Pictionary is a great game for some quick revision of vocabulary, and I’m sure most teachers use it in the classroom. However this adaptation seeks to go further, and allows for freer practice of lexical chunks in an extended form of the game. It aims to create memorable sentences and images to help students remember and accurately use new phrases. It can be used with groups of any level or age.
This game is played in pairs and for each pair you’ll need a sheet of A4 paper and 8 slips of paper (big enough for a sentence). I usually find some scrap paper in the staffroom and make more than enough with a few swipes of the guillotine.
In my example we’re revising phrases using ‘care’ with an advanced class but this game can be played with any 8 lexical chunks (some further examples are given at the end). My 8 phrases are:
- couldn’t care less about
- well cared for
- take care of
- longer than I care to remember
- haven’t (got) a care in the world
- take greater care with
- care to …. ?
- care about
I first write the phrases on the board without the prepositions and elicit the missing words. Then I hand out the slips of paper. The students work in pairs to write 8 sentences using the phrases, with one sentence on each slip. At this stage I monitor closely, helping students with form and function, ensuring that the finished sentences are correct. Once they’ve been checked they can be set aside, until every pair has a completed set of 8 sentences using all of the phrases. (If a pair is particularly strong and finishes early they are asked to circulate and check the sentences of their peers).
The next step is to hand out a sheet of A4 paper to each pair. The sheet is folded in half 3 times, then unfolded, so that each sheet has 8 equally sized areas. Each pair then plays pictionary with their own stack of 8 sentences. To play, one player takes a slip of paper and reads the sentence (keeping it secret from their partner) and draws something to represent the sentence so that their partner can guess. Once their partner guesses correctly they swap roles. When they finish they’ll have a 8 drawings on the sheet of paper, each representing one of the sentences.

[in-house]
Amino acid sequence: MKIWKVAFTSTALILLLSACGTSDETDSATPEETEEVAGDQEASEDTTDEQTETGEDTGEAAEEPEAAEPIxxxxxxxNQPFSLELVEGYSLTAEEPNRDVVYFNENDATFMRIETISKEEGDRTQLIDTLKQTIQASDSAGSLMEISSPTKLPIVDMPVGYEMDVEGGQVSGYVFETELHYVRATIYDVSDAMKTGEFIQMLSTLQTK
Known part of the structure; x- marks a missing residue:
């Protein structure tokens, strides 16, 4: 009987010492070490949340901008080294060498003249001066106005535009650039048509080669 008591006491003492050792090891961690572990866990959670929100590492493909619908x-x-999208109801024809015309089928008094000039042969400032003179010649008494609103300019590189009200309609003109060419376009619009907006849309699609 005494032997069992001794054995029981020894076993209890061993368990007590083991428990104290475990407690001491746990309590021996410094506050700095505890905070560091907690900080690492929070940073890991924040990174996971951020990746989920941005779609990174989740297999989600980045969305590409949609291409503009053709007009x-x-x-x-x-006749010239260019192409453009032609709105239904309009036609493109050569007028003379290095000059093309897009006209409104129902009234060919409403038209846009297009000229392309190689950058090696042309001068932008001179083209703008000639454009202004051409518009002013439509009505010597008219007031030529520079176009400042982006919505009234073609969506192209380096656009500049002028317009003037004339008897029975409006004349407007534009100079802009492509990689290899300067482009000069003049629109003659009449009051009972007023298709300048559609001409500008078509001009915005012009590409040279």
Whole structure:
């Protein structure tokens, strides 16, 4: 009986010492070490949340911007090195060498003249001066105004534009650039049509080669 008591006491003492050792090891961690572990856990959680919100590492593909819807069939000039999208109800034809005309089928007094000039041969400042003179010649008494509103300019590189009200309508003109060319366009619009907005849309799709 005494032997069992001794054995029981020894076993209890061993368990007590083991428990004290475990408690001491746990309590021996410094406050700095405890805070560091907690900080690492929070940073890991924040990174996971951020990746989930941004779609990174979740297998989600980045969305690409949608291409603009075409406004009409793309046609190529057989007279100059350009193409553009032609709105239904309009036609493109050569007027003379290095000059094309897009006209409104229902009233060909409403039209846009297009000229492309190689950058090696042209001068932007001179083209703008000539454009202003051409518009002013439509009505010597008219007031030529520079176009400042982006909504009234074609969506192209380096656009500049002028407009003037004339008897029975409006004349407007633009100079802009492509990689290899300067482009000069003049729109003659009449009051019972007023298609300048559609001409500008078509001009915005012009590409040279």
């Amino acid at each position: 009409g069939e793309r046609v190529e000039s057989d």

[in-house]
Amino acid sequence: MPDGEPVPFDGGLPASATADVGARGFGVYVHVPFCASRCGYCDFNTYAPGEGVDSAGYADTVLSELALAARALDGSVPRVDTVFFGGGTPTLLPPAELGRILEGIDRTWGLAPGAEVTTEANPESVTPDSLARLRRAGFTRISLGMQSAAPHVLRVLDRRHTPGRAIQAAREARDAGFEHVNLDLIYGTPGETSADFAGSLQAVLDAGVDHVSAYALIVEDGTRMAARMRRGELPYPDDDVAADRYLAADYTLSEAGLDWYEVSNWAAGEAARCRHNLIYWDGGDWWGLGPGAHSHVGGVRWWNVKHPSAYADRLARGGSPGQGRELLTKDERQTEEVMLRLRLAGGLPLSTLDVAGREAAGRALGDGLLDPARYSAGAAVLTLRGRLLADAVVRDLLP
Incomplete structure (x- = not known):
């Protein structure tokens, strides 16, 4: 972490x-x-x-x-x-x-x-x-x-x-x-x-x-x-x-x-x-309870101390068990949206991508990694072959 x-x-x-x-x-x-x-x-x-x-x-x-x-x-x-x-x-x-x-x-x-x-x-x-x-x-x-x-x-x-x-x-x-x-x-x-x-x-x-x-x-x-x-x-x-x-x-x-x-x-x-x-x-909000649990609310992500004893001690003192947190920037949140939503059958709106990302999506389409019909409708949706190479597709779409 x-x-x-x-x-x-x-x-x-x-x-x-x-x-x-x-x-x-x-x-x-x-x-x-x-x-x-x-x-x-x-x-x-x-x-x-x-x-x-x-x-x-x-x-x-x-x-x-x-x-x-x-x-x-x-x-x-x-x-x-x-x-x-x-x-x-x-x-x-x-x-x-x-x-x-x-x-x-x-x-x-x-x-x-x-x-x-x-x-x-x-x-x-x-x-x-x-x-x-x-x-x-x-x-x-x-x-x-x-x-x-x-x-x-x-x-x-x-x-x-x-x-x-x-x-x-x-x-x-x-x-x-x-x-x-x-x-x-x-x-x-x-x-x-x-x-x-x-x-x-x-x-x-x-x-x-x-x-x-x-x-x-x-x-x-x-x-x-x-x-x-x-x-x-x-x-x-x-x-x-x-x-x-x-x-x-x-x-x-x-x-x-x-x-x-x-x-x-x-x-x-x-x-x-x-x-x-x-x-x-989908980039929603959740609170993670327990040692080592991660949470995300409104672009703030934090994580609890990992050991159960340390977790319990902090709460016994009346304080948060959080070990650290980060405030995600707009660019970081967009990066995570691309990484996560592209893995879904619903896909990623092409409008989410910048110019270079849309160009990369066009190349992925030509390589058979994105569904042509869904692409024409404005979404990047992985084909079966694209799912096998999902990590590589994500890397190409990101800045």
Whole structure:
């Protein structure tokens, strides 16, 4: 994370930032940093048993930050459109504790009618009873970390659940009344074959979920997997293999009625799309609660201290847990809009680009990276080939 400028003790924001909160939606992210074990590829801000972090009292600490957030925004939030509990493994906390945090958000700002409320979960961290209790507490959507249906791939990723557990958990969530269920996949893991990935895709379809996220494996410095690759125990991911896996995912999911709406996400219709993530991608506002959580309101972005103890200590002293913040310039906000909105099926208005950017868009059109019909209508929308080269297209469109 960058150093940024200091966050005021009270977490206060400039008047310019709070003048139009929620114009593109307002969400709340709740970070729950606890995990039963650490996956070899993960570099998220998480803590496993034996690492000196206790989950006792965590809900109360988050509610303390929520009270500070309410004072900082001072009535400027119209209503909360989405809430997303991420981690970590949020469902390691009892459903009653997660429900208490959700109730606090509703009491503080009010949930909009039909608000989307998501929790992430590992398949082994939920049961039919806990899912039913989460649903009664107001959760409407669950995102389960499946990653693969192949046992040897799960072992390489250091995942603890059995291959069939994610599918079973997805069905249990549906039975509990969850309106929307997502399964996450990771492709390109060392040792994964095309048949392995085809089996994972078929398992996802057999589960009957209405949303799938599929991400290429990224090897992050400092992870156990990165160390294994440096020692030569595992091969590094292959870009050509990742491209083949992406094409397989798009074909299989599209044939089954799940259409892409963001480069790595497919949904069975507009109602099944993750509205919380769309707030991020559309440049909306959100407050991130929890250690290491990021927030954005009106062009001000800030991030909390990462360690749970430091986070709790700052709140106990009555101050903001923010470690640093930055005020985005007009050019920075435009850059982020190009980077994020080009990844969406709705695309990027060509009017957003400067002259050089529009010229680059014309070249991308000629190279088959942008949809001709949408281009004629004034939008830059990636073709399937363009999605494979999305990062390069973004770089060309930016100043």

Their sentences may be very difficult to draw, especially since students aren’t aware they’ll have to draw them until this stage, so they haven’t been written with that in mind. However, since they only have to guess between 8 possibilities the game isn’t too challenging. (This part is really fun as you have the absurd mix of almost impossible to draw sentences, causing some very strange and convoluted images, with very quick and accurate guessing).
Once all of the pairs have finished their game, they are all asked to pass their drawings and sentences clockwise. Now, each pair has to try and match the 8 sentences with the 8 drawings that other groups have made. Despite potentially complicated sentences and bizarre drawings, this part is very achievable and fun. The sentences and drawings get passed clockwise so that every group plays with every set. This is important as it means each group is exposed to the creative and memorable work of the whole class, as well as plenty of different uses of our 8 phrases.
Once the drawings have made their way around the room but before they’re passed to their original creators, you take away all of the slips of paper that hold the sentences and you also wipe the 8 phrases off the board. Now, each pair gets their original drawings back and they are asked to recall and write down their 8 sentences next to each picture. This stage is very important as it requires students to remember the form and meaning of each lexical chunk. As you monitor you should only give subtle hints and reminders, so that students really focus on remembering the process they went through when they created the sentences and drew their drawings.
Finally, you hand the sentences back and students can check they are identical to their recollections, correcting any mistakes. You should make students aware of the cases where sentences have slight differences but have maintained their form and meaning.
I’ve played this game a number of times with a variety of levels. The lexical chunks have included: phrasal verbs; so as to, in order to, so that and idioms. I think a lot of different sets of lexical chunks could be adapted to this game and as I continue to experiment I’ll update the post with further examples.
Thanks for reading!
Check out the front page, or use the search bar, to find dozens of games and activities on the site.